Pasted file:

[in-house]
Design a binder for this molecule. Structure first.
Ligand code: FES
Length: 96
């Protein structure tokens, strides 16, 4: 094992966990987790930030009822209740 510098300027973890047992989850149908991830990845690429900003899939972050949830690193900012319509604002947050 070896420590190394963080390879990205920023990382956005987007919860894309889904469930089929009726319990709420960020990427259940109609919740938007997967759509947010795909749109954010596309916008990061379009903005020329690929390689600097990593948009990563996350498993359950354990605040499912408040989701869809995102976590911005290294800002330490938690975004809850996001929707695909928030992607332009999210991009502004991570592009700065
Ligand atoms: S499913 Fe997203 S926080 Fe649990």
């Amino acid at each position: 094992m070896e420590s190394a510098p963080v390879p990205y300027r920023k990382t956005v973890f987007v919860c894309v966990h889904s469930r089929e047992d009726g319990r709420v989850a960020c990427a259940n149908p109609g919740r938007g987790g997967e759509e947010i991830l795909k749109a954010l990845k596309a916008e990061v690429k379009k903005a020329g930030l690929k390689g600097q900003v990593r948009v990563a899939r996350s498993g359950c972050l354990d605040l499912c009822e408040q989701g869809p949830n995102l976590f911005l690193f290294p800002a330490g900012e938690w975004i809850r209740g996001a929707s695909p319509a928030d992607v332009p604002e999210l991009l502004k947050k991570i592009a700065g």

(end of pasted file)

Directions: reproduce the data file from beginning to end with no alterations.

[in-house]
Design a binder for this molecule. Structure first.
Ligand code: FES
Length: 96
């Protein structure tokens, strides 16, 4: 094992966990987790930030009822209740 510098300027973890047992989850149908991830990845690429900003899939972050949830690193900012319509604002947050 070896420590190394963080390879990205920023990382956005987007919860894309889904469930089929009726319990709420960020990427259940109609919740938007997967759509947010795909749109954010596309916008990061379009903005020329690929390689600097990593948009990563996350498993359950354990605040499912408040989701869809995102976590911005290294800002330490938690975004809850996001929707695909928030992607332009999210991009502004991570592009700065
Ligand atoms: S499913 Fe997203 S926080 Fe649990």
């Amino acid at each position: 094992m070896e420590s190394a510098p963080v390879p990205y300027r920023k990382t956005v973890f987007v919860c894309v966990h889904s469930r089929e047992d009726g319990r709420v989850a960020c990427a259940n149908p109609g919740r938007g987790g997967e759509e947010i991830l795909k749109a954010l990845k596309a916008e990061v690429k379009k903005a020329g930030l690929k390689g600097q900003v990593r948009v990563a899939r996350s498993g359950c972050l354990d605040l499912c009822e408040q989701g869809p949830n995102l976590f911005l690193f290294p800002a330490g900012e938690w975004i809850r209740g996001a929707s695909p319509a928030d992607v332009p604002e999210l991009l502004k947050k991570i592009a700065g």